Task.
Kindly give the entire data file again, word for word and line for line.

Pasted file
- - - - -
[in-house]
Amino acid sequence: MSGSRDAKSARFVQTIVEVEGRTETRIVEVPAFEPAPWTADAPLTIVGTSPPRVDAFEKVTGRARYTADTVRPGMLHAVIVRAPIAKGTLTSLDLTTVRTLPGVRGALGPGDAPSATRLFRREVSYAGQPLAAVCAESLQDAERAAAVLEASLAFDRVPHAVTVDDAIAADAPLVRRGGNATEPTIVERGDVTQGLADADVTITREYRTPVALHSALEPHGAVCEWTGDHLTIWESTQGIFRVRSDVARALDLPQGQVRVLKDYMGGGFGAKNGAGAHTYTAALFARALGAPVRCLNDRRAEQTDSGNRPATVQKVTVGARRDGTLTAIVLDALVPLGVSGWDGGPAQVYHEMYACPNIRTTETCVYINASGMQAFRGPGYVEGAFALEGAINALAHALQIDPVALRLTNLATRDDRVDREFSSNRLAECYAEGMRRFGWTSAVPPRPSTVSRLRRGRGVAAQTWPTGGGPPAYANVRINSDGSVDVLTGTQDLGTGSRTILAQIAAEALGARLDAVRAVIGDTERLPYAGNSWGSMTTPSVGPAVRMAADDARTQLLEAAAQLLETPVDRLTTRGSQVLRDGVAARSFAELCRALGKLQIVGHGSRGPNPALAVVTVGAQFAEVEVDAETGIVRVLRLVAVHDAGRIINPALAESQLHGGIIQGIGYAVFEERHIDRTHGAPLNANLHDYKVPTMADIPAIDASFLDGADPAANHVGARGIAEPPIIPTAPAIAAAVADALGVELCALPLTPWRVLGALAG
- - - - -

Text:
[in-house]
Amino acid sequence: MSGSRDAKSARFVQTIVEVEGRTETRIVEVPAFEPAPWTADAPLTIVGTSPPRVDAFEKVTGRARYTADTVRPGMLHAVIVRAPIAKGTLTSLDLTTVRTLPGVRGALGPGDAPSATRLFRREVSYAGQPLAAVCAESLQDAERAAAVLEASLAFDRVPHAVTVDDAIAADAPLVRRGGNATEPTIVERGDVTQGLADADVTITREYRTPVALHSALEPHGAVCEWTGDHLTIWESTQGIFRVRSDVARALDLPQGQVRVLKDYMGGGFGAKNGAGAHTYTAALFARALGAPVRCLNDRRAEQTDSGNRPATVQKVTVGARRDGTLTAIVLDALVPLGVSGWDGGPAQVYHEMYACPNIRTTETCVYINASGMQAFRGPGYVEGAFALEGAINALAHALQIDPVALRLTNLATRDDRVDREFSSNRLAECYAEGMRRFGWTSAVPPRPSTVSRLRRGRGVAAQTWPTGGGPPAYANVRINSDGSVDVLTGTQDLGTGSRTILAQIAAEALGARLDAVRAVIGDTERLPYAGNSWGSMTTPSVGPAVRMAADDARTQLLEAAAQLLETPVDRLTTRGSQVLRDGVAARSFAELCRALGKLQIVGHGSRGPNPALAVVTVGAQFAEVEVDAETGIVRVLRLVAVHDAGRIINPALAESQLHGGIIQGIGYAVFEERHIDRTHGAPLNANLHDYKVPTMADIPAIDASFLDGADPAANHVGARGIAEPPIIPTAPAIAAAVADALGVELCALPLTPWRVLGALAG